Would you like a simple speech technique that will create a closer connection with your audience, help them remember your material, and possibly get a laugh?
Try using the “call-back.”
The call-back is a stand-up comedy term that means to refer to an earlier joke that got a laugh.
For example, at a recent Humor Mill Toastmasters meeting, Dennis Carney, a local stand-up comedian, had a piece about performing in Las Vegas. He talked about how exciting it was to see his name on billboards and on the side of every fifth or sixth cab that went by. “Of course, it wasn’t my real name. It was my stage name: Prime Rib $9.95.” That punch line, which he delivered better than I am describing, got a good laugh. Later, he told another story about being in Las Vegas, and having a cop knock on his door. When he answered the door, the cop addressed him as “Mr. Rib.” That call-back to the previous joke got another laugh.
A call-back in a speech does not have to refer back to something funny in order to be an effective call-back. It does need to refer back to something that will connect emotionally with the audience. You can call-back to a previous story in your own presentation or to something that occurred previously at an event (something that happened or something that another speaker said that created an emotional experience).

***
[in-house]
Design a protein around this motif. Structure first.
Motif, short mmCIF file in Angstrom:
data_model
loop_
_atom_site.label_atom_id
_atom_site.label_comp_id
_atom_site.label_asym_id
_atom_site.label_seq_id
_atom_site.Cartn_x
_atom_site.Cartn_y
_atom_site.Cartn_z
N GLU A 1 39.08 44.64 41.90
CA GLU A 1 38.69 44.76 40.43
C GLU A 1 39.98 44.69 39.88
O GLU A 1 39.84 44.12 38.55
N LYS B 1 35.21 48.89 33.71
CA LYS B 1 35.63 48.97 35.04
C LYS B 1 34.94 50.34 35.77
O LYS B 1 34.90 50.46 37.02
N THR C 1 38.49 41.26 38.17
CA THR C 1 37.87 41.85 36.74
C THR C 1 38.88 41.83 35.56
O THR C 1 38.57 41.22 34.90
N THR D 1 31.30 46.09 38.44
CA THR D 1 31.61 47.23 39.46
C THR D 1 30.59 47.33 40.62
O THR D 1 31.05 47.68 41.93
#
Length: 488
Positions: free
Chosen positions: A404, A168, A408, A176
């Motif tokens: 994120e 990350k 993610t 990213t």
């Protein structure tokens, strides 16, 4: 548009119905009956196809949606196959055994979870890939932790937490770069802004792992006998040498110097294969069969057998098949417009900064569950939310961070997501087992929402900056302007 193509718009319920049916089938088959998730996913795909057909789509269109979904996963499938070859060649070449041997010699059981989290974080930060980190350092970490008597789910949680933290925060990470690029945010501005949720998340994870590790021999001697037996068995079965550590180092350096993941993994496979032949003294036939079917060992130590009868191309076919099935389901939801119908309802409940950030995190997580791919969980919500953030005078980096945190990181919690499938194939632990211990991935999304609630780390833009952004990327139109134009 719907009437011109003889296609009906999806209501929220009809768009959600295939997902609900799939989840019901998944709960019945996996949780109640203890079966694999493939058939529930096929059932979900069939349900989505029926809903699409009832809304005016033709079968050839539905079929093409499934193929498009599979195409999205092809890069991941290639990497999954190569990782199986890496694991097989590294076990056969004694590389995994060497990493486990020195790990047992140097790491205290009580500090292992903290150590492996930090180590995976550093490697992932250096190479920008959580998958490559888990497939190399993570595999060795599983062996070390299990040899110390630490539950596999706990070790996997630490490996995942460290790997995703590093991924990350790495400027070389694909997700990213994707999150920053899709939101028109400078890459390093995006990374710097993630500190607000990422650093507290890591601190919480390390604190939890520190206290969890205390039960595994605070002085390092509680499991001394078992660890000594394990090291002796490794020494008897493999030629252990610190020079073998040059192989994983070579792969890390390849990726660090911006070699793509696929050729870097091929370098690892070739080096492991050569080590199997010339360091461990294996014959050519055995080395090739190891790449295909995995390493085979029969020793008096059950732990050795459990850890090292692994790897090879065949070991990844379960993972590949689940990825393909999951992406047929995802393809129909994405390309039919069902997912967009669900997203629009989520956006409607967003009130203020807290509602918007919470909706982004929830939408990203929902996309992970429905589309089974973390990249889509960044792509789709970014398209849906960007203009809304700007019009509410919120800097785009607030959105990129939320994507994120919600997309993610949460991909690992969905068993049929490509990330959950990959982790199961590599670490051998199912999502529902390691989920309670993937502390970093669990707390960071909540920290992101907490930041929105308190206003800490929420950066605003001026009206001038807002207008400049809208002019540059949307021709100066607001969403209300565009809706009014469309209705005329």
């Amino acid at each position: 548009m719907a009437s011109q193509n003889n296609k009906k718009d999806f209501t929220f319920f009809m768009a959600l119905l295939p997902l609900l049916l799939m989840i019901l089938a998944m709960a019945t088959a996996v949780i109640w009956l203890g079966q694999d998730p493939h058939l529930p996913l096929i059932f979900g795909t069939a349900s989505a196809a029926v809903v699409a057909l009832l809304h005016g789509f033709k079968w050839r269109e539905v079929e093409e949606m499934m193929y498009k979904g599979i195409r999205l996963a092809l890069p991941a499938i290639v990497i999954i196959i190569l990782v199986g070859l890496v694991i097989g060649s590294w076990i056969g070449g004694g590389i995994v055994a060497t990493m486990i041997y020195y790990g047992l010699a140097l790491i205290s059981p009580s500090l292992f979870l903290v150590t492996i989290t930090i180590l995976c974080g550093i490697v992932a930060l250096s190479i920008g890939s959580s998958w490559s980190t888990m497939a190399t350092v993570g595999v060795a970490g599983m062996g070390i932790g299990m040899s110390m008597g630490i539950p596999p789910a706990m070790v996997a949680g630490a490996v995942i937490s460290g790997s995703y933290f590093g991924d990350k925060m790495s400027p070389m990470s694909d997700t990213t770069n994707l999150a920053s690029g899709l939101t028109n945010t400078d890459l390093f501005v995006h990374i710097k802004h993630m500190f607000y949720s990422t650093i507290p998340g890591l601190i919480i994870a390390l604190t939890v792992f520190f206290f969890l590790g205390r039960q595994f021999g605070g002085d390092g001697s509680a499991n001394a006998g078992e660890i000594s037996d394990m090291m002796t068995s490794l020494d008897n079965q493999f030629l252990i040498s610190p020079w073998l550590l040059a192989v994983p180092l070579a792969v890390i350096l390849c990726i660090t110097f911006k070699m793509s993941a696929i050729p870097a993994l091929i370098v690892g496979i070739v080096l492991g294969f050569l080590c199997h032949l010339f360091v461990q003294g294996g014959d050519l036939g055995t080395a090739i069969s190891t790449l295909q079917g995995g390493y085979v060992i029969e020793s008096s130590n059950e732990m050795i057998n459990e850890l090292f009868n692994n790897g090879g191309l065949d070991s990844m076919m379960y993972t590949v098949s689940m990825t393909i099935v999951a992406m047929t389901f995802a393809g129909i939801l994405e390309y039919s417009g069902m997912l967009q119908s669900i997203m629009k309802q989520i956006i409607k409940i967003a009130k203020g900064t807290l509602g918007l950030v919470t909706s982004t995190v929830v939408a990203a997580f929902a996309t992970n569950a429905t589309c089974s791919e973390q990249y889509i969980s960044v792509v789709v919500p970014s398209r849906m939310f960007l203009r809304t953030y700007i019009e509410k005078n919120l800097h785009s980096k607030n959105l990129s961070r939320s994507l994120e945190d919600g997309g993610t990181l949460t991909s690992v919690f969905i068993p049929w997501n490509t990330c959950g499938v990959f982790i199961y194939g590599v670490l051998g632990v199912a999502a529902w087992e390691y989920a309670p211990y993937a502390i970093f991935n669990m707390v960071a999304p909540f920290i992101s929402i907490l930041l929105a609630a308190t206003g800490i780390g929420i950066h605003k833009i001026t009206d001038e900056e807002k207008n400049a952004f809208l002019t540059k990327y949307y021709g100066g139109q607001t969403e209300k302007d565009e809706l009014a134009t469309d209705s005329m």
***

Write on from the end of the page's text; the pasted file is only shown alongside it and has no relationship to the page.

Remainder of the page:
The call-back can be an effective closing summary technique if you have structured your speech with a story for each main point. In closing, you can refer briefly to the story and connect that with the story’s point. For example, in one speech, I have a story about how difficult my mother was when she was ill, but how I learned to “listen from my heart” as she lay dying. At the end of the speech, I call-back to that story: “From my mother I learned to listen from my heart.”
Using the call-back to refer to something that happened or what someone said prior to your speech creates a connection with your audience because that comment is unique for them and shows you were paying attention. (Tip for Toastmasters: this can be a very effective Table Topics technique).
Pay attention for moments that you can call-back to connect with your audience!